When people think of going off the grid, they envision generating their own electricity, growing their own food and similar things. Going off the grid can also mean ditching the financial norms that most people are stuck with. To that end, you should consider limiting the number of credit cards you have. This is good financial advice whether you want to go off the grid or not, as high credit card debt is something most Americans suffer from.

You don’t need all those cards. Having one or two is convenient, but any more than that might end up holding you down and costing you money.

7. Assess Your Spending

When people are going off the grid, they need a plan with incremental goals to reach. The same must be done from a financial standpoint. Take a step back and look at your spending in the previous year. Going over credit card statements, past bills and bank statements will give you a clear picture of where your money is going. When you have that knowledge, you’ll see how to spend your money more efficiently.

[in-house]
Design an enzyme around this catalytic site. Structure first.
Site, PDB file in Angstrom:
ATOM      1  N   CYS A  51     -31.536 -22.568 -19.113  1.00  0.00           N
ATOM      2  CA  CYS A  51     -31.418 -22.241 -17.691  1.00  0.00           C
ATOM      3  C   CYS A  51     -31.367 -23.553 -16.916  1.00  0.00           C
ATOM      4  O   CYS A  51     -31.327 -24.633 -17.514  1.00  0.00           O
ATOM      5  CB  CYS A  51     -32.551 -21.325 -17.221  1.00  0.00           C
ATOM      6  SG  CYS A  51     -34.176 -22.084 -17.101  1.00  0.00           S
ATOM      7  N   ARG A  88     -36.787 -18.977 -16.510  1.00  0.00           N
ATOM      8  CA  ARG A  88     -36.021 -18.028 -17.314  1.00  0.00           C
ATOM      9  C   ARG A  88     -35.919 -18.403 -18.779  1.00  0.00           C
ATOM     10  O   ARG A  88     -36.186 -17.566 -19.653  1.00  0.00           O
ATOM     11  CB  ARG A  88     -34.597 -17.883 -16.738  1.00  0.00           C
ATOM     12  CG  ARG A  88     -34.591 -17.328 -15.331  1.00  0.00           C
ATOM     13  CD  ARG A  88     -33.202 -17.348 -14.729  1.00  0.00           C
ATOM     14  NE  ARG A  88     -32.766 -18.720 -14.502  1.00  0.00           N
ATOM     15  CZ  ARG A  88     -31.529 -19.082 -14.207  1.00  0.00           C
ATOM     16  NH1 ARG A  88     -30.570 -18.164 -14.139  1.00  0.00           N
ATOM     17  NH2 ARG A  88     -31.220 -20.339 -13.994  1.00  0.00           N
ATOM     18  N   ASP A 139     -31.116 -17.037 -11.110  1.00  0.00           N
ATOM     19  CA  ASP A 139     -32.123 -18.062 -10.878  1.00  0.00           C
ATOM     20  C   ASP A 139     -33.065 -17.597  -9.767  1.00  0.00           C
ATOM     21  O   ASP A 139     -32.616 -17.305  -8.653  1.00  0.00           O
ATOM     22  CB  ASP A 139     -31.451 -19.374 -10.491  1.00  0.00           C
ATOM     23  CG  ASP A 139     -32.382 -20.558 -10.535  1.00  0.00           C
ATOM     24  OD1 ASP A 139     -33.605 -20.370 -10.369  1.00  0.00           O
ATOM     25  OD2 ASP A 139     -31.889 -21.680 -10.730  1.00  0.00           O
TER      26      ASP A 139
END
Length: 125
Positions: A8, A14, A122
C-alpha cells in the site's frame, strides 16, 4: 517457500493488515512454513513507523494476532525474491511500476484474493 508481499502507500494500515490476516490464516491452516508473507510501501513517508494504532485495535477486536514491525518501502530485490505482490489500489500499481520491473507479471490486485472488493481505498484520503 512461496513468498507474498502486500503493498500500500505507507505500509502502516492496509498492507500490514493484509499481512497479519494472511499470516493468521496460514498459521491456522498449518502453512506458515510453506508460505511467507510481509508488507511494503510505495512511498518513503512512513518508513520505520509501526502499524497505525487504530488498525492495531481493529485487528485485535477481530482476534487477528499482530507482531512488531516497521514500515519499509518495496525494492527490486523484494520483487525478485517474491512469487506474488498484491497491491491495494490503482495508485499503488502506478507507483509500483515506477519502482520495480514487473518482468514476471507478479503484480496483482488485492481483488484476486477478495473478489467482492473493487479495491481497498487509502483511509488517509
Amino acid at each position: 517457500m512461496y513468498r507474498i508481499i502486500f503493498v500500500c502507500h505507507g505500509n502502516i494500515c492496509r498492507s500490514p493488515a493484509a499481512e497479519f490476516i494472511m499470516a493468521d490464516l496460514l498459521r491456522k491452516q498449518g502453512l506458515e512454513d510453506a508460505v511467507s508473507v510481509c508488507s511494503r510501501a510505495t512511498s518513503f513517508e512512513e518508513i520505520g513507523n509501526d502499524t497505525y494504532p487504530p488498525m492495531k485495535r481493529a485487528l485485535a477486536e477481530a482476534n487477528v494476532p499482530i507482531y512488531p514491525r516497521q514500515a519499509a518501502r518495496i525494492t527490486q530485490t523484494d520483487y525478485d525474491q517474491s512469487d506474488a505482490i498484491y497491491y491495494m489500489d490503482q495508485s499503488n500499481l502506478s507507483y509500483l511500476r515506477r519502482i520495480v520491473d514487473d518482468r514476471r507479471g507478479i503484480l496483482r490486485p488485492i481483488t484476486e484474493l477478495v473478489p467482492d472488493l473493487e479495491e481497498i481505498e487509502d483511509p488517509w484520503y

8. Be Flexible

One of the most important things when trying to save money is to have the ability to be flexible. You don’t have to go without your favorite things, but it helps if you’re adaptable and willing to change things up.

That’s part of what an off-the-grid-lifestyle is all about. It’s not always easy or painless, but it does come with its own rewards. Keep that in mind and you’ll do great. Your growing bank account from all the wise money decisions you’ve made will be concrete proof of that.


5 Priceless Pointers From Successful Millionaires